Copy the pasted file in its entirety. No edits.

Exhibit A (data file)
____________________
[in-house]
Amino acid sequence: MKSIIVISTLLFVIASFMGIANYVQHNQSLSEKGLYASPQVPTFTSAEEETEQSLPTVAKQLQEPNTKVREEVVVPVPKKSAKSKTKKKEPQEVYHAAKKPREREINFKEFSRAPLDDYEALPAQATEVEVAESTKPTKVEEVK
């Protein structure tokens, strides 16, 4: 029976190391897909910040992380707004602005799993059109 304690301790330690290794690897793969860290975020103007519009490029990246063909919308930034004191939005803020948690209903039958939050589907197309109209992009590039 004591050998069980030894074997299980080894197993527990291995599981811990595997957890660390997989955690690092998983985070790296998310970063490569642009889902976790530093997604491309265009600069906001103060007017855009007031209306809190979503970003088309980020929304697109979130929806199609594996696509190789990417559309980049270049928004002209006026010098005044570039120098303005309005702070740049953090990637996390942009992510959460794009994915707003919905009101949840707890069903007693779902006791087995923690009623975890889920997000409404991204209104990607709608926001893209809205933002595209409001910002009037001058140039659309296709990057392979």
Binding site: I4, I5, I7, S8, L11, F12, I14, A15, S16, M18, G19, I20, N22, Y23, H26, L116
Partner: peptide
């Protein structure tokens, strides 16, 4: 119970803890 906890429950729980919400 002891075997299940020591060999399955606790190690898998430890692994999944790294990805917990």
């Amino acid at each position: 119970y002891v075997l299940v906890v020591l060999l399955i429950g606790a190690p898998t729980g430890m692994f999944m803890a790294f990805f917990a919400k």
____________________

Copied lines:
[in-house]
Amino acid sequence: MKSIIVISTLLFVIASFMGIANYVQHNQSLSEKGLYASPQVPTFTSAEEETEQSLPTVAKQLQEPNTKVREEVVVPVPKKSAKSKTKKKEPQEVYHAAKKPREREINFKEFSRAPLDDYEALPAQATEVEVAESTKPTKVEEVK
């Protein structure tokens, strides 16, 4: 029976190391897909910040992380707004602005799993059109 304690301790330690290794690897793969860290975020103007519009490029990246063909919308930034004191939005803020948690209903039958939050589907197309109209992009590039 004591050998069980030894074997299980080894197993527990291995599981811990595997957890660390997989955690690092998983985070790296998310970063490569642009889902976790530093997604491309265009600069906001103060007017855009007031209306809190979503970003088309980020929304697109979130929806199609594996696509190789990417559309980049270049928004002209006026010098005044570039120098303005309005702070740049953090990637996390942009992510959460794009994915707003919905009101949840707890069903007693779902006791087995923690009623975890889920997000409404991204209104990607709608926001893209809205933002595209409001910002009037001058140039659309296709990057392979």
Binding site: I4, I5, I7, S8, L11, F12, I14, A15, S16, M18, G19, I20, N22, Y23, H26, L116
Partner: peptide
């Protein structure tokens, strides 16, 4: 119970803890 906890429950729980919400 002891075997299940020591060999399955606790190690898998430890692994999944790294990805917990």
């Amino acid at each position: 119970y002891v075997l299940v906890v020591l060999l399955i429950g606790a190690p898998t729980g430890m692994f999944m803890a790294f990805f917990a919400k």